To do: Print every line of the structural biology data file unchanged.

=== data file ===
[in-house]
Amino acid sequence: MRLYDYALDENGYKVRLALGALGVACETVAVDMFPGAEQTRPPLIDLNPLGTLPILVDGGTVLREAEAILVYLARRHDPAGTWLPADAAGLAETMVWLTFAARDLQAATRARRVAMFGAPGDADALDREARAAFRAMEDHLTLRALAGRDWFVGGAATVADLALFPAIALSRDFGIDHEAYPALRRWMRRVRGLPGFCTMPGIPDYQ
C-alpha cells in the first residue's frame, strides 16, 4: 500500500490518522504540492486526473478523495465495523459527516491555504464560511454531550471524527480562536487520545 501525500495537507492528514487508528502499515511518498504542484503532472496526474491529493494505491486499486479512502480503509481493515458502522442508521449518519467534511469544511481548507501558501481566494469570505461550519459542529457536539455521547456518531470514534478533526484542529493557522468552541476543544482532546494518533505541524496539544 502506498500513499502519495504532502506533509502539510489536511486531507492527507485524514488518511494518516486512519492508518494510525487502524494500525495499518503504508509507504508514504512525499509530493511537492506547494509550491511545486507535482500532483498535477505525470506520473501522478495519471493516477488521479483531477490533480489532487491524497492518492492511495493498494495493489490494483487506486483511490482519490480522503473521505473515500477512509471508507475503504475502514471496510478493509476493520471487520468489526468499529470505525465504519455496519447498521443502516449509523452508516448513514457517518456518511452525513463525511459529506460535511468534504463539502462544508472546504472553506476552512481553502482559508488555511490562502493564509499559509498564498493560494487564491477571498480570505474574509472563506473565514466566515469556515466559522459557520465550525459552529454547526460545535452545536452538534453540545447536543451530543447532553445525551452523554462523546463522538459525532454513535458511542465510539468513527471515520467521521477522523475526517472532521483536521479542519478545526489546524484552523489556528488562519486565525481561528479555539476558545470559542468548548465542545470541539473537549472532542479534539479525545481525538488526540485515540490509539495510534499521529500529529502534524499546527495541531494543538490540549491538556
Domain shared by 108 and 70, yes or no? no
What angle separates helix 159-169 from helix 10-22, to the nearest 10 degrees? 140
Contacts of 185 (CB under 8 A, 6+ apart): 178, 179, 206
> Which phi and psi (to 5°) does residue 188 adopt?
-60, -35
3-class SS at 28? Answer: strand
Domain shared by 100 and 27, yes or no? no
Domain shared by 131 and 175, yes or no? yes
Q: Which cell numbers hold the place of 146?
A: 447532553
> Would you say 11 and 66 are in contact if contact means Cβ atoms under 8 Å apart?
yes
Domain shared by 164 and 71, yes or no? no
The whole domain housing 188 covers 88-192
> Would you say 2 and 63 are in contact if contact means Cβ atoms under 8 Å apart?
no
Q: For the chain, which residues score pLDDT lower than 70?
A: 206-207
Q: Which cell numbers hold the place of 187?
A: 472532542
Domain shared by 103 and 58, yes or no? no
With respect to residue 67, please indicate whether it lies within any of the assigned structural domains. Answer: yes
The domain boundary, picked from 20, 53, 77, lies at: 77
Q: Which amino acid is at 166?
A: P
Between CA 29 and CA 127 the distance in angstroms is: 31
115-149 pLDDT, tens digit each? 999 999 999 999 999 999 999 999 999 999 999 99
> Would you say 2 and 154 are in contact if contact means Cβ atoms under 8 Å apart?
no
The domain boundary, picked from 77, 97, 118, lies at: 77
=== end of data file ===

[in-house]
Amino acid sequence: MRLYDYALDENGYKVRLALGALGVACETVAVDMFPGAEQTRPPLIDLNPLGTLPILVDGGTVLREAEAILVYLARRHDPAGTWLPADAAGLAETMVWLTFAARDLQAATRARRVAMFGAPGDADALDREARAAFRAMEDHLTLRALAGRDWFVGGAATVADLALFPAIALSRDFGIDHEAYPALRRWMRRVRGLPGFCTMPGIPDYQ
C-alpha cells in the first residue's frame, strides 16, 4: 500500500490518522504540492486526473478523495465495523459527516491555504464560511454531550471524527480562536487520545 501525500495537507492528514487508528502499515511518498504542484503532472496526474491529493494505491486499486479512502480503509481493515458502522442508521449518519467534511469544511481548507501558501481566494469570505461550519459542529457536539455521547456518531470514534478533526484542529493557522468552541476543544482532546494518533505541524496539544 502506498500513499502519495504532502506533509502539510489536511486531507492527507485524514488518511494518516486512519492508518494510525487502524494500525495499518503504508509507504508514504512525499509530493511537492506547494509550491511545486507535482500532483498535477505525470506520473501522478495519471493516477488521479483531477490533480489532487491524497492518492492511495493498494495493489490494483487506486483511490482519490480522503473521505473515500477512509471508507475503504475502514471496510478493509476493520471487520468489526468499529470505525465504519455496519447498521443502516449509523452508516448513514457517518456518511452525513463525511459529506460535511468534504463539502462544508472546504472553506476552512481553502482559508488555511490562502493564509499559509498564498493560494487564491477571498480570505474574509472563506473565514466566515469556515466559522459557520465550525459552529454547526460545535452545536452538534453540545447536543451530543447532553445525551452523554462523546463522538459525532454513535458511542465510539468513527471515520467521521477522523475526517472532521483536521479542519478545526489546524484552523489556528488562519486565525481561528479555539476558545470559542468548548465542545470541539473537549472532542479534539479525545481525538488526540485515540490509539495510534499521529500529529502534524499546527495541531494543538490540549491538556
Domain shared by 108 and 70, yes or no? no
What angle separates helix 159-169 from helix 10-22, to the nearest 10 degrees? 140
Contacts of 185 (CB under 8 A, 6+ apart): 178, 179, 206
> Which phi and psi (to 5°) does residue 188 adopt?
-60, -35
3-class SS at 28? Answer: strand
Domain shared by 100 and 27, yes or no? no
Domain shared by 131 and 175, yes or no? yes
Q: Which cell numbers hold the place of 146?
A: 447532553
> Would you say 11 and 66 are in contact if contact means Cβ atoms under 8 Å apart?
yes
Domain shared by 164 and 71, yes or no? no
The whole domain housing 188 covers 88-192
> Would you say 2 and 63 are in contact if contact means Cβ atoms under 8 Å apart?
no
Q: For the chain, which residues score pLDDT lower than 70?
A: 206-207
Q: Which cell numbers hold the place of 187?
A: 472532542
Domain shared by 103 and 58, yes or no? no
With respect to residue 67, please indicate whether it lies within any of the assigned structural domains. Answer: yes
The domain boundary, picked from 20, 53, 77, lies at: 77
Q: Which amino acid is at 166?
A: P
Between CA 29 and CA 127 the distance in angstroms is: 31
115-149 pLDDT, tens digit each? 999 999 999 999 999 999 999 999 999 999 999 99
> Would you say 2 and 154 are in contact if contact means Cβ atoms under 8 Å apart?
no
The domain boundary, picked from 77, 97, 118, lies at: 77